Act in 1885, MacCarthy was appointed one of the two commissioners selected to carry out that measure. He was a firm believer in the efficacy of peasant proprietorship, and administered the different Land Purchase Acts with conscientious care.
MacCarthy was connected with many philanthropic institutions, notably with the Cork Young Men's Society, of which he was for a long period president, and in recognition of services to the catholic church, he was made a knight of the order of St. Gregory by Pope Leo XIII. He was married to Maria Josephine, daughter of John Hanrahan, esq., of Cork, and had a family. He died in London on 7 Sept. 1892, and was buried in Glasnevin cemetery, Dublin.
He was the author of the following works, in addition to several legal pamphlets:
- ‘The History of Cork, a Lecture,’ Cork, 1856, 8vo, and almost entirely rewritten and republished in 1869.
- ‘Letters on the Land Tenures of Europe.’
- ‘Irish Land Questions, plainly stated and answered,’ London, 1870, 8vo.
- ‘A Plea for Home Government of Ireland,’ London, 1871, 8vo.
- ‘The French Revolution of 1792: its Causes, Events, and Results,’ Dublin, 1884, 12mo.
- ‘Henry Grattan, a Historical Study,’ Dublin, 1886, 12mo.
[Cork Examiner, 9 Sept. 1892; Freeman's Journal, 8 Sept. 1892; Irish Monthly, xx. 548–9; Thom's Official Directory for 1892; Irish Law Times, 8 Oct. 1881.]
MACCARTHY, JUSTIN, titular Viscount Mountcashel (d. 1694), was the third son of Donogh, first earl of Clancarty [see under MacCarthy, Donough, fourth earl], by Lady Eleanor Butler, sister of James, first Duke of Ormonde [q. v.] He entered the French service early, and was well known at court of Louis XIV under the name of Mouskry. This is not a feigned name, as Macaulay supposed, but only Dangeau's way of writing Muskerry, which was the title borne by MacCarthy s father before he was raised to the earldom of Clancarty.
MacCarthy was recalled to England in 1678 in consequence of Charles II's pretended rupture with France. It was the king's intention to employ him in Ireland, and when Halifax remonstrated, Charles divulged to him that statesman's confidential advice (Burnet, i. 602). MacCarthy did in fact give commissions to suspected Roman catholics bound for Ireland in November 1678 (App. to 8th Rep. of Hist. MSS. Comm. 391n; Carth, bk. viii.) He was at court in 1684. In 1676 MacCarthy's brother Callaghan, third earl of Clancarty, had left his protestant wife, Lady Elizabeth Fitzgerald, guardian of their son Donogh, fourth earl of Clancarty [q. v.] But under his uncle Justin's influence the lad became a Roman catholic, and on 20 Oct, 1684, 'he being then at the age of consent', married Lady Elizabeth Spencer, Sunderland's daughter, whom MacCarthy, in order to promote the union, was instrumental in decoying from Fell's charge at Oxford. 'The king,' says Burnet (i, 601), 'connived at two of the greatest crimes, taking an infant from her guardian, and marrying an infant secretly.' This strange match had important results and a most romantic history (Macaulay, ch. xxiii.)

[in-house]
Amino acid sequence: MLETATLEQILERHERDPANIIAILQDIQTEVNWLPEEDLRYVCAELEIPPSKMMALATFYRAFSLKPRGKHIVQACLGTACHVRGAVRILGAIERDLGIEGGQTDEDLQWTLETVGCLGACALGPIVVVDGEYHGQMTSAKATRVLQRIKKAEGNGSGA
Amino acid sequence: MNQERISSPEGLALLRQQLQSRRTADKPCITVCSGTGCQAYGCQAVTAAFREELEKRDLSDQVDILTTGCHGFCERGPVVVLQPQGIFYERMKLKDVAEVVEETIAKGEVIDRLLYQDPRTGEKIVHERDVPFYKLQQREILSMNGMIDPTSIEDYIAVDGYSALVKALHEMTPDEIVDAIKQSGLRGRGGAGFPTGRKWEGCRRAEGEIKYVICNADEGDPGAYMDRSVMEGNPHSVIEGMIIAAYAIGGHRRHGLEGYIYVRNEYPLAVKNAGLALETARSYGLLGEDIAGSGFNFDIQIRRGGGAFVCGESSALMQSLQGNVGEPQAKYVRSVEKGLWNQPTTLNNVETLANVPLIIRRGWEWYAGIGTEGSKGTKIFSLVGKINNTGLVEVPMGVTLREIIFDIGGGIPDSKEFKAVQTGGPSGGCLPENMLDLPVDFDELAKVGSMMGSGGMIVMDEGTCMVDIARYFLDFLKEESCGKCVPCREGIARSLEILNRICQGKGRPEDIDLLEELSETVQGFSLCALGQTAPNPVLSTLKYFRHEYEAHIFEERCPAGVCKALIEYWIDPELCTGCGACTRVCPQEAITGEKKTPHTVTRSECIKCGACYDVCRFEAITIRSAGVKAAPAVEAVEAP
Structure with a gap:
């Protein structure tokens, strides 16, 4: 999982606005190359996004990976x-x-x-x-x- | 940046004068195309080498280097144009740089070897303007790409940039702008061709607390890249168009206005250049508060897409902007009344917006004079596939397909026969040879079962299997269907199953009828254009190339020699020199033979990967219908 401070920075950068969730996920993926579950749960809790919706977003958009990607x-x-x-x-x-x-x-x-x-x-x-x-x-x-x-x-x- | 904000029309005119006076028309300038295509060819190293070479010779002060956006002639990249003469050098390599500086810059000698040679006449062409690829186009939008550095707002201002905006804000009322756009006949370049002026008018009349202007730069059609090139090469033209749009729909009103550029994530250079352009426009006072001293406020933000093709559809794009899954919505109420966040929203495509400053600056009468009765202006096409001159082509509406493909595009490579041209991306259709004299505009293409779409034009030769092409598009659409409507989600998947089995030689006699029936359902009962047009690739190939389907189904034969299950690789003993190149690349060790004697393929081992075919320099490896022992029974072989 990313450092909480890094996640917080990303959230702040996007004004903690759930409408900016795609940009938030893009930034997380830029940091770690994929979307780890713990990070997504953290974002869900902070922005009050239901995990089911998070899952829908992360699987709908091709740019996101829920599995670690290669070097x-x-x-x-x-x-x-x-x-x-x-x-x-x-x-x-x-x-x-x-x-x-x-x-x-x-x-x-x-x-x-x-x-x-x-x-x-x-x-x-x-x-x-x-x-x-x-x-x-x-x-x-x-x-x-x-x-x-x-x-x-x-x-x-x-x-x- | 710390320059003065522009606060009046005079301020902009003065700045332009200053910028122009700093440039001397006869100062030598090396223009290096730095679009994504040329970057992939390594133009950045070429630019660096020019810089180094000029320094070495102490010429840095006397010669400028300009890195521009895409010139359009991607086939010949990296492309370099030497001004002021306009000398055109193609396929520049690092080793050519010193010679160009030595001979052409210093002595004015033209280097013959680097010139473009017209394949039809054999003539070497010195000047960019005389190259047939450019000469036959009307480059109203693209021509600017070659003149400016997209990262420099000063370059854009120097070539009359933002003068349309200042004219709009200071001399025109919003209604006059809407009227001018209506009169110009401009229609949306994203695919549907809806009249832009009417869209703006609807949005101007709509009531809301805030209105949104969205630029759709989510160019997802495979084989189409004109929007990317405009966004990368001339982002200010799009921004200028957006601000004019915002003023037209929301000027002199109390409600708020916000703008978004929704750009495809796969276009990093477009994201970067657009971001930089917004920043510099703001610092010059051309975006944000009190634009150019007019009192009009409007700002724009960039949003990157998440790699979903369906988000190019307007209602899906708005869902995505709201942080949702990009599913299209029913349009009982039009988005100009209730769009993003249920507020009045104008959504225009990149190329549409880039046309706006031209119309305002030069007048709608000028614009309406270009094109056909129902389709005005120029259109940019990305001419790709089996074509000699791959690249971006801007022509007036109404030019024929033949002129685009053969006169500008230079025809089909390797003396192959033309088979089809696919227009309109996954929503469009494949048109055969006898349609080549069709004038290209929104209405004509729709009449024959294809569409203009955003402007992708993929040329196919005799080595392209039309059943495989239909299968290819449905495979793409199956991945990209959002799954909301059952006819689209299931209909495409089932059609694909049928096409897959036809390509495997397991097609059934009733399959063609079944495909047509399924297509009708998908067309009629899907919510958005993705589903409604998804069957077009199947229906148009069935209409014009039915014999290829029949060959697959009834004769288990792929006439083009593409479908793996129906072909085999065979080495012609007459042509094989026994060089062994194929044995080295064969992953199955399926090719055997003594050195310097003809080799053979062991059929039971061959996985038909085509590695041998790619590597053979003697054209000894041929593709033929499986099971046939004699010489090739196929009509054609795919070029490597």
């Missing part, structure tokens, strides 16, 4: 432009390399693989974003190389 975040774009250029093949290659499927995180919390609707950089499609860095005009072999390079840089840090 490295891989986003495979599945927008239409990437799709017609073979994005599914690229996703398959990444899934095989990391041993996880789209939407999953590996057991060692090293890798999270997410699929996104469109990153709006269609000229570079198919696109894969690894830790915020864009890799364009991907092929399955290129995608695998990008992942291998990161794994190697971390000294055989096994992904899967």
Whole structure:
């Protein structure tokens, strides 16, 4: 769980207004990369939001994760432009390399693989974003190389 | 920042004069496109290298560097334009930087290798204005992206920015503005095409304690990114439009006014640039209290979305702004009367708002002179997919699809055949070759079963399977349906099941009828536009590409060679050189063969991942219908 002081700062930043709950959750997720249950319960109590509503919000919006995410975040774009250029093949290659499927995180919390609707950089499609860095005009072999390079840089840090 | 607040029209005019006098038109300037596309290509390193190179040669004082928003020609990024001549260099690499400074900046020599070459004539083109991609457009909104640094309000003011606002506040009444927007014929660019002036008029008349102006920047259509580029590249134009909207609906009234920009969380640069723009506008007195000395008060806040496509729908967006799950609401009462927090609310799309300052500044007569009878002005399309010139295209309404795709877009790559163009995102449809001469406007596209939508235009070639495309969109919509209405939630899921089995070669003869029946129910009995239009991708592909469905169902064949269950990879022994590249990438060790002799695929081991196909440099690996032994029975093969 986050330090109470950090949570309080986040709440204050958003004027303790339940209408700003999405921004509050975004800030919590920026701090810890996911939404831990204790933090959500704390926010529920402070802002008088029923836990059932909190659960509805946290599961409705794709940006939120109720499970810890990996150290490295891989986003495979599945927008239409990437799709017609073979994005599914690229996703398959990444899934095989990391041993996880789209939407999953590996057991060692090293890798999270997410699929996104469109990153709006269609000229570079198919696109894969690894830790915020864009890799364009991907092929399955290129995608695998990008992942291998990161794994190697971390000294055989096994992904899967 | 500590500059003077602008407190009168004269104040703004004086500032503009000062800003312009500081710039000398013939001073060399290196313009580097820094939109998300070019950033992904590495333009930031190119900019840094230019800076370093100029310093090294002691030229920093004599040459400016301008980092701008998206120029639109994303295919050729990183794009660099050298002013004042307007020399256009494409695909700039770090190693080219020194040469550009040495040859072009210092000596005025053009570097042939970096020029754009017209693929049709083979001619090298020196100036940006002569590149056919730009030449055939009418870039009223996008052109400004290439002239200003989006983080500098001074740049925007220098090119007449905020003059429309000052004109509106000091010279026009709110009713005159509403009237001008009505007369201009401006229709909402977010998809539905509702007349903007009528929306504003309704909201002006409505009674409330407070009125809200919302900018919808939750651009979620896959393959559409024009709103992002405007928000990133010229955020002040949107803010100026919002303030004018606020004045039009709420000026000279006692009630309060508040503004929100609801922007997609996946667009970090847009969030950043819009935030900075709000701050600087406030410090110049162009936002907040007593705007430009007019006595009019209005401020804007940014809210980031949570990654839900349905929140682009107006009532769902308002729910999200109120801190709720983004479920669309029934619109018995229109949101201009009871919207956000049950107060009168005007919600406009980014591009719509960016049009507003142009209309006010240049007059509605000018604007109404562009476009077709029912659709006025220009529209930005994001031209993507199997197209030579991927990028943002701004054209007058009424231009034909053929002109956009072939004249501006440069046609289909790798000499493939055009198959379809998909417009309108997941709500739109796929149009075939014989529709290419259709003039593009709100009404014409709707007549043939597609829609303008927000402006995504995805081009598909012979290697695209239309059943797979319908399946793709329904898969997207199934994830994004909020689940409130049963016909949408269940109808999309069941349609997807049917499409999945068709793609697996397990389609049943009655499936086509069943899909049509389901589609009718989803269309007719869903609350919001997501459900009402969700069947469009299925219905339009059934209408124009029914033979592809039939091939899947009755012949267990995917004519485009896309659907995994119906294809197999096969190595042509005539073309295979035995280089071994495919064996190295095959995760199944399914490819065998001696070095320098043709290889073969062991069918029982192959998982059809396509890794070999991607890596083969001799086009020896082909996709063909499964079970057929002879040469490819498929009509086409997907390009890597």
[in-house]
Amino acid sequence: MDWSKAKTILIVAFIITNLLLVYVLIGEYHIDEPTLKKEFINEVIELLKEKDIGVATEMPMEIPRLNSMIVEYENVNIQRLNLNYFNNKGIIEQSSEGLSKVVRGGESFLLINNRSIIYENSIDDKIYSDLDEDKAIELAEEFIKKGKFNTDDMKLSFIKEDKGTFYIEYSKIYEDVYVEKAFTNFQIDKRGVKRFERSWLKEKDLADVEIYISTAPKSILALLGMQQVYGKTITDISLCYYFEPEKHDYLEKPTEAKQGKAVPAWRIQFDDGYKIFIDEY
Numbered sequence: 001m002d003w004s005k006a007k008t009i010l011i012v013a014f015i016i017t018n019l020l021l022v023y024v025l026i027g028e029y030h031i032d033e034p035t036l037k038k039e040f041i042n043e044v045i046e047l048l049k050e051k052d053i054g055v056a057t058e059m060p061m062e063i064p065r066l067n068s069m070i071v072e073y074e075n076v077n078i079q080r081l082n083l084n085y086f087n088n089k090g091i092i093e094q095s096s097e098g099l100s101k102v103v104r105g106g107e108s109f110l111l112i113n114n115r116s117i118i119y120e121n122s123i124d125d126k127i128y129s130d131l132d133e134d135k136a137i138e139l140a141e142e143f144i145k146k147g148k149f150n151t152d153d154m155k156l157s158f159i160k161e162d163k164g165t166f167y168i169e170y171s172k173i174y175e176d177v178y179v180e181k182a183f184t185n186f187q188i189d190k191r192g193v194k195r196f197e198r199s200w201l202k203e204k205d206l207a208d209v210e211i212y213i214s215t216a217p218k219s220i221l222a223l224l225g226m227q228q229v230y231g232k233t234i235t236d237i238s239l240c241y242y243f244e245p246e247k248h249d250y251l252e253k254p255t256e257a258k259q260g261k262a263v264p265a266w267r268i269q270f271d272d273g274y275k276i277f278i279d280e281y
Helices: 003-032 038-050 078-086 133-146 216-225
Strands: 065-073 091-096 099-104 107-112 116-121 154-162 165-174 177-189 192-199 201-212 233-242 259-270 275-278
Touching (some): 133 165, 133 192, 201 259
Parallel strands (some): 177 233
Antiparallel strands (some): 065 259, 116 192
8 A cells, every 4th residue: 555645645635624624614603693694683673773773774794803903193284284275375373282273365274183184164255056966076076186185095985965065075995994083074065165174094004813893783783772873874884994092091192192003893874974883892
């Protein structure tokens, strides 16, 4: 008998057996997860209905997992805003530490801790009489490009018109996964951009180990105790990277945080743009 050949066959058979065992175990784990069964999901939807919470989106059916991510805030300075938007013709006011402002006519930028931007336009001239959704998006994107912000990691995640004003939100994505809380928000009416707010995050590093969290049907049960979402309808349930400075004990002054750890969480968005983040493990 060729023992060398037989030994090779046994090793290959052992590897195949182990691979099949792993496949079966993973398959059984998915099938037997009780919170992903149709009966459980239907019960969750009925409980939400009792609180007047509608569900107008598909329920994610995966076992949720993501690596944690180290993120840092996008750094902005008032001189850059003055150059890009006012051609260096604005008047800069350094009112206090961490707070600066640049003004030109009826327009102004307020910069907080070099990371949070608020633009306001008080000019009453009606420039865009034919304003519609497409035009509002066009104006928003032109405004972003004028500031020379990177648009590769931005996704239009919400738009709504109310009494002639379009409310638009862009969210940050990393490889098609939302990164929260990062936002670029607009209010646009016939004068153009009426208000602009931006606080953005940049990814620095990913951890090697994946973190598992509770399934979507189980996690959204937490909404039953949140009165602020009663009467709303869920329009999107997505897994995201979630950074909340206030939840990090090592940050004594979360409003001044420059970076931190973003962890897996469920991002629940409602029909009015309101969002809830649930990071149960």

When Tyrconnel's influence became supreme in Irish affairs one of his first measures was to deprive Ormonde of his regiment of foot and to give it to MacCarthy, who was made major-general and lieutenant-general successively. In 1687 and following years, after Clarendon's departure from Ireland, he was lord-lieutenant of co. Cork and a privy councillor. His pay as major-general was 680l., with the addition of 500l. a year on the pension list (D'Alton). In Feb. 1689 the protestant inhabitants of Bandon declared themselves for William III as soon as they heard that he was king in England. The small catholic garrison was surprised and overpowered with some loss, when MacCarthy approached with a force of several thousand men. The townsmen, who had no arms but what they had taken from their late oppressors, refused to surrender their leader. MacCarthy soon mastered the little town, which he proposed to burn with all the people in it, having first executed ten of the chief offenders. Intercession was made by Dr. Nicholas Brady [q. v.], the versifier of the Psalms, who had a living not far off, and who was the son of a royalist officer. The townsmen were ordered to pay down 1,600l., and to compensate the officers and soldiers. On 10 March Tyrconnel wrote objecting to these easy terms (Smith, bk. iii. ch. vil.), and James, who landed at Kinsale two days later, ordered prosecution for high treason. Nugent was judge of assize at Cork, and from him no mercy was to be expected. But MacCarthy, who felt his reputation at stake, entered the court and insisted upon an adjournment, which in this case had the effect of an acquittal. On another occasion his interference with the course of law was less justifiable, for he tried to intimidate Sir John Mead, Ormonde's judge in the palatinate of Tipperary, into directing a conviction of protestants on trumped-up charges (King, iii. socs. 7, 13).